And this is what I expect of the FLOSS community, as we are trying to produce a professional level software and services that are on par or better than proprietary ones. We may not be working in the same company, not in the same country or share opinions on political, religious, sexual or whatever levels. But we are interested in reaching the same goal, and we need to work together to achieve it.

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13 Responses to After Work Beer

  1. Gord Allott says:

    I couldn’t agree more, There are a few channels that are like this and they are a joy to be in, there are others that are like this when certain people are around but mostly not, then there are the ones you only goto if you have to and are then shocked and dismayed at how people behave around other human beings.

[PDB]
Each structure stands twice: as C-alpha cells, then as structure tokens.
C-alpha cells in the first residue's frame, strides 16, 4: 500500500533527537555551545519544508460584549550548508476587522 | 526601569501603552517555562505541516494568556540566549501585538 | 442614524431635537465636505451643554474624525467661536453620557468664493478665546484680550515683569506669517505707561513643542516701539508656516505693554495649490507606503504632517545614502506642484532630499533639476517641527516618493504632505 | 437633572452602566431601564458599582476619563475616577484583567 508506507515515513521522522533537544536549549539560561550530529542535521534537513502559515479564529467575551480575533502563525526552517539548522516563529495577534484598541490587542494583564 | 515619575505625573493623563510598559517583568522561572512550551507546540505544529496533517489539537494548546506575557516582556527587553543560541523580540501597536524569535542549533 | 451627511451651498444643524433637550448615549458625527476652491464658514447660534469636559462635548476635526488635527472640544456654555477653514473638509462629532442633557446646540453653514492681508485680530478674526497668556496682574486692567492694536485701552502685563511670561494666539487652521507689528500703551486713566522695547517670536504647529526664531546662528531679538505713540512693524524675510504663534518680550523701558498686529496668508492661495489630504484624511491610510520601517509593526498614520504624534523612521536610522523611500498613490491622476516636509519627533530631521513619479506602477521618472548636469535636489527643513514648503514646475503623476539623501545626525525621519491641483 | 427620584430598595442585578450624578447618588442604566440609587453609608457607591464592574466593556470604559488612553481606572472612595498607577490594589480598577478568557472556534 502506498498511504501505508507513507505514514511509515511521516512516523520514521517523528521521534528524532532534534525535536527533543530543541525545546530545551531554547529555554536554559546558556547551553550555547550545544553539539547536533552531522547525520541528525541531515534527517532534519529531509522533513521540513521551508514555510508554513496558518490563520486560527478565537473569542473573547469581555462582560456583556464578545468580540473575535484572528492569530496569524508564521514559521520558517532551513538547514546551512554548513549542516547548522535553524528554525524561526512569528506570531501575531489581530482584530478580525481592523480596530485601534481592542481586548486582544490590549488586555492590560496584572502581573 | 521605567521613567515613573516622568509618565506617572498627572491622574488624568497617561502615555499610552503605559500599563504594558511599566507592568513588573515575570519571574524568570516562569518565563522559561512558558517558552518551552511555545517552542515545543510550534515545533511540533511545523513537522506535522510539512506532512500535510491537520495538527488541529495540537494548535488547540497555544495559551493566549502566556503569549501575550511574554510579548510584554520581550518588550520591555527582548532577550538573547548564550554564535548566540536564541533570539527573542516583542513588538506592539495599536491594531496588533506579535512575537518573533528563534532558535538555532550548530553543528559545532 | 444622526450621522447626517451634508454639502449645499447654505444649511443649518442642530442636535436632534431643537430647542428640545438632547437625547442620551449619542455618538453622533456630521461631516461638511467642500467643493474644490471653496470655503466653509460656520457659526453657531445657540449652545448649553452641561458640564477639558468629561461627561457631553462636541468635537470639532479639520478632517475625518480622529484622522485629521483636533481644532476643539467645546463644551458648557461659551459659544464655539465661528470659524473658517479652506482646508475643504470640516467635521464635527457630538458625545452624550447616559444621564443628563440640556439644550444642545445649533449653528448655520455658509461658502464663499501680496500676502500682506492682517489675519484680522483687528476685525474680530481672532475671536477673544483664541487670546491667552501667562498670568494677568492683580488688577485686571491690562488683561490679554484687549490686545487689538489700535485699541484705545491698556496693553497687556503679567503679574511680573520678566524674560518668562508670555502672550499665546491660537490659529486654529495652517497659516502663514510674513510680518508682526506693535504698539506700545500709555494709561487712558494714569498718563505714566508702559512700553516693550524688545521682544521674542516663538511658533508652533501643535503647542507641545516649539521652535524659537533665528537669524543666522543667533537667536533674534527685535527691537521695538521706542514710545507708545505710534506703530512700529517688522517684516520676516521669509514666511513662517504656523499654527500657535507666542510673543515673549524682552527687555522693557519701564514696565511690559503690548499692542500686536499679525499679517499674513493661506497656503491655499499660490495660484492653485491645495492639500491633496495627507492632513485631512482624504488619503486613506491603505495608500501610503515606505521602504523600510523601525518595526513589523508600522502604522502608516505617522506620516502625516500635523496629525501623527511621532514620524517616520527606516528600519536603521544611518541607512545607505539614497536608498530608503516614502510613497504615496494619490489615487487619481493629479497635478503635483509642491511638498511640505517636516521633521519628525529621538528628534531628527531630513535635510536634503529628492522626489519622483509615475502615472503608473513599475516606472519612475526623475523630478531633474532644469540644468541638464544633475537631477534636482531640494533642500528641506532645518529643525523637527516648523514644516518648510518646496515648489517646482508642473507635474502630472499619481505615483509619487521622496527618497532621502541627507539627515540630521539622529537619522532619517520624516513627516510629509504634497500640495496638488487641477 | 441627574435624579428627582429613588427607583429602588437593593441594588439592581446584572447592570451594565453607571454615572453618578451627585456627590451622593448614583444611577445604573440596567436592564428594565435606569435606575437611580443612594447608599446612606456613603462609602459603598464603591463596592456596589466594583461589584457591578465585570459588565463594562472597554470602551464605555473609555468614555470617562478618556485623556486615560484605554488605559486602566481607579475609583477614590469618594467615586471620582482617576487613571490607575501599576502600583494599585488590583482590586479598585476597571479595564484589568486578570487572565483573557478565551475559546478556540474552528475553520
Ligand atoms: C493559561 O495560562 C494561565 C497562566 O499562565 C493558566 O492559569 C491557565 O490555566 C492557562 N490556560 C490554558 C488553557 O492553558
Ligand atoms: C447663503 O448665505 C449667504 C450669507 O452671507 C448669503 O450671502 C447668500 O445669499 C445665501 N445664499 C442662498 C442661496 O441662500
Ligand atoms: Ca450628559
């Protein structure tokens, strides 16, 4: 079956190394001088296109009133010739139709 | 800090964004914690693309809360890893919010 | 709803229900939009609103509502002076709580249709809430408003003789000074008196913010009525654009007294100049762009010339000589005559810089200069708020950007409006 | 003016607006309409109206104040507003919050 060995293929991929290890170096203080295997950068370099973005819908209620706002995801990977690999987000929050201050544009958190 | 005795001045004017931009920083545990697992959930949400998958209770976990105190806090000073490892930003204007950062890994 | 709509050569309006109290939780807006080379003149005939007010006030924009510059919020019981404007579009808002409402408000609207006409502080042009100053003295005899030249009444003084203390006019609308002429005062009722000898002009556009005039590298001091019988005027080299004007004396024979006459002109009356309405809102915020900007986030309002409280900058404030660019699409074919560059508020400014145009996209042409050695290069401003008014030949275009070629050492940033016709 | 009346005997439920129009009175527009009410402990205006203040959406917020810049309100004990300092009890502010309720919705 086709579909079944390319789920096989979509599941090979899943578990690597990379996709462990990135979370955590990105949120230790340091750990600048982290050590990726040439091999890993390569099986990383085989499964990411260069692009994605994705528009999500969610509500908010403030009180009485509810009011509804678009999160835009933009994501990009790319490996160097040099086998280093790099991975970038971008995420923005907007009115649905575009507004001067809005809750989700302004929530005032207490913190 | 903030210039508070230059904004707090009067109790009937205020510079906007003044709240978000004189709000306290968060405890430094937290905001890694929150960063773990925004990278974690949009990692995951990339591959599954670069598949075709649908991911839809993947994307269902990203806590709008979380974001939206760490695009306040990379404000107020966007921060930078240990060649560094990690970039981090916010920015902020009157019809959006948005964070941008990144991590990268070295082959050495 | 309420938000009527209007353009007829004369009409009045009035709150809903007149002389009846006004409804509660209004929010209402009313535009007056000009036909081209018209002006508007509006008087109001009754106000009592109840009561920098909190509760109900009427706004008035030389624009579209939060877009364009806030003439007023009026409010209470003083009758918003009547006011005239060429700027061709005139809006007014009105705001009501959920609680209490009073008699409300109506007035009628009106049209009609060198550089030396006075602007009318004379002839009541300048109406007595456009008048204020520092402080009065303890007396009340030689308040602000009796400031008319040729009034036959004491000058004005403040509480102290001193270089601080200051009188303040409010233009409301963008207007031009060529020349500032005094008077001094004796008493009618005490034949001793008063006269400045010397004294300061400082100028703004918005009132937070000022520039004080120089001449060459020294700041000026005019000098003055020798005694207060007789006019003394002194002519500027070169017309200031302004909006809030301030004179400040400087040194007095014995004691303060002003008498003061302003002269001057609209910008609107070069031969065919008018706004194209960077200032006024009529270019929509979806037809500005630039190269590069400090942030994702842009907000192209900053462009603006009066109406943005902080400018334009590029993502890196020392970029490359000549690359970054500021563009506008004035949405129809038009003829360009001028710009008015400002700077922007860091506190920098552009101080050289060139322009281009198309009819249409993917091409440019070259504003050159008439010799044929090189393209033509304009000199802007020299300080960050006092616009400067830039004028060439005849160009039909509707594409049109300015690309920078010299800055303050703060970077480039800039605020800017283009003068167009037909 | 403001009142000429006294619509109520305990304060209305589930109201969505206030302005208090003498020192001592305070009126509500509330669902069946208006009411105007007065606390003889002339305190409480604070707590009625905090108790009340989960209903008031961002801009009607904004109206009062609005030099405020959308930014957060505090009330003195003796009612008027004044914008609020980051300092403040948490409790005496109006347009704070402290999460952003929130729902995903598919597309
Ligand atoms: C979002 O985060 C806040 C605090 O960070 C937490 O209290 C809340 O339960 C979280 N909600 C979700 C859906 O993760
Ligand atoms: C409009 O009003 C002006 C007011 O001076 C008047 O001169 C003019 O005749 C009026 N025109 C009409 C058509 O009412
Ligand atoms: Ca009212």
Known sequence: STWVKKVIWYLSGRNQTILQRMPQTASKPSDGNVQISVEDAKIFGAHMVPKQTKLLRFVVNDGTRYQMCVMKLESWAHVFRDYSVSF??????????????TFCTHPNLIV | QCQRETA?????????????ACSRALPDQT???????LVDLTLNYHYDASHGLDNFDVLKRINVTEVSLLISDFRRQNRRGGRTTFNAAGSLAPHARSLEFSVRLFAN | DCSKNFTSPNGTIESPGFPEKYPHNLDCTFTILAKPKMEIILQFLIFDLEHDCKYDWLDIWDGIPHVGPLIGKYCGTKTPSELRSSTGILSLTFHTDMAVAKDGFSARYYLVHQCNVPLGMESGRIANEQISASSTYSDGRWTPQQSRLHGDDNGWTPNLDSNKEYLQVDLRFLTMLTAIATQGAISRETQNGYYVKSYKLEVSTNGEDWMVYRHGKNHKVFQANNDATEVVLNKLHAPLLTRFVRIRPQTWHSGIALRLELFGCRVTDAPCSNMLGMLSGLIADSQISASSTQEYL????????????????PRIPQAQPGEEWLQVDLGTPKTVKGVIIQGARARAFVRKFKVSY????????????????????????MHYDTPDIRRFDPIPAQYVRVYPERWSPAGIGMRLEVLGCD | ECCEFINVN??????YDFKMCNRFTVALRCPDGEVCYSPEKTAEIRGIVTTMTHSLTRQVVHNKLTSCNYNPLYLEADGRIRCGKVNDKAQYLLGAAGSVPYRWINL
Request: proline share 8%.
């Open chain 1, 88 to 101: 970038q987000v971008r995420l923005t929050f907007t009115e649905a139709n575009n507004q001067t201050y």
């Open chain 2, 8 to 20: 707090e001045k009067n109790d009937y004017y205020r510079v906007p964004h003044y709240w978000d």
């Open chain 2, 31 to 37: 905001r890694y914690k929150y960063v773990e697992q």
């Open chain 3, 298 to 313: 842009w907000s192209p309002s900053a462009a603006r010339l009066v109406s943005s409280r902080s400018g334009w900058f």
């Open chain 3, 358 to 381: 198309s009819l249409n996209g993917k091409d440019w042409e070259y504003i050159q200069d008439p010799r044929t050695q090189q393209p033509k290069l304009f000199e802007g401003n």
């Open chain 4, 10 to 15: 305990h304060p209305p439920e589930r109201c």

the “after work beer” synonym is actually a rather solid one i think, the Ubuntu IRC guidelines should really include something like that, It goes on and on about what not to do, but nothing about how to behave.

  2. desnotes says:

    I also agree with your point, that there is definitely room for improvement on some channels. I also like your analogy of being at a pub and showing the same respect. I remember reading what a blogger once said about what he expected in his comment section: The language should be the same as if it was a sit-down of dinner in his home.

    We want to encourage people to be part of FOSS and any type of situation where someone feels uncomfortable and leaves is the potential they might never return and that is a loss for all of us.